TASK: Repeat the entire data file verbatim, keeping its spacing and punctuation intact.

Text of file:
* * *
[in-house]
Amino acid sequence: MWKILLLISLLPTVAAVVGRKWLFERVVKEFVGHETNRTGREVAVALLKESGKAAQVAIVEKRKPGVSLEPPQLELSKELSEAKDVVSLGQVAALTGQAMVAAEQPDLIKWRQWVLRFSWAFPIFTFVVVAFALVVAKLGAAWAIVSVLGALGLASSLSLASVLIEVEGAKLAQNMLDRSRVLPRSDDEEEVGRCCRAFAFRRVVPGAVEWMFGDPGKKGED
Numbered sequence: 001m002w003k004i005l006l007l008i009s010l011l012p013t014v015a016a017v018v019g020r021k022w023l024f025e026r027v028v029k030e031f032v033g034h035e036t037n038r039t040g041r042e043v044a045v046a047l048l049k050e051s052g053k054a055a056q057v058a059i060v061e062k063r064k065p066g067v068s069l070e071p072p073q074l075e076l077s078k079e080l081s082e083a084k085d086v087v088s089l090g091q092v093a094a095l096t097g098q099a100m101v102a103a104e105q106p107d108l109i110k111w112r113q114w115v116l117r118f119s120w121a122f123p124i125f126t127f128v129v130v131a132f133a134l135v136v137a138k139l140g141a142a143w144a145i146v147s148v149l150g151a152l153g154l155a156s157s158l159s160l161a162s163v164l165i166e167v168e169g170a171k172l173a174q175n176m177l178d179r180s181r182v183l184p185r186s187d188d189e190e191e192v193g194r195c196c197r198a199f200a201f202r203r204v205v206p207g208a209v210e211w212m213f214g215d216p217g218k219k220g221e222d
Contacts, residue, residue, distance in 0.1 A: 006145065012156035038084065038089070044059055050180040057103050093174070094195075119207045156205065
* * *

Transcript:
[in-house]
Amino acid sequence: MWKILLLISLLPTVAAVVGRKWLFERVVKEFVGHETNRTGREVAVALLKESGKAAQVAIVEKRKPGVSLEPPQLELSKELSEAKDVVSLGQVAALTGQAMVAAEQPDLIKWRQWVLRFSWAFPIFTFVVVAFALVVAKLGAAWAIVSVLGALGLASSLSLASVLIEVEGAKLAQNMLDRSRVLPRSDDEEEVGRCCRAFAFRRVVPGAVEWMFGDPGKKGED
Numbered sequence: 001m002w003k004i005l006l007l008i009s010l011l012p013t014v015a016a017v018v019g020r021k022w023l024f025e026r027v028v029k030e031f032v033g034h035e036t037n038r039t040g041r042e043v044a045v046a047l048l049k050e051s052g053k054a055a056q057v058a059i060v061e062k063r064k065p066g067v068s069l070e071p072p073q074l075e076l077s078k079e080l081s082e083a084k085d086v087v088s089l090g091q092v093a094a095l096t097g098q099a100m101v102a103a104e105q106p107d108l109i110k111w112r113q114w115v116l117r118f119s120w121a122f123p124i125f126t127f128v129v130v131a132f133a134l135v136v137a138k139l140g141a142a143w144a145i146v147s148v149l150g151a152l153g154l155a156s157s158l159s160l161a162s163v164l165i166e167v168e169g170a171k172l173a174q175n176m177l178d179r180s181r182v183l184p185r186s187d188d189e190e191e192v193g194r195c196c197r198a199f200a201f202r203r204v205v206p207g208a209v210e211w212m213f214g215d216p217g218k219k220g221e222d
Contacts, residue, residue, distance in 0.1 A: 006145065012156035038084065038089070044059055050180040057103050093174070094195075119207045156205065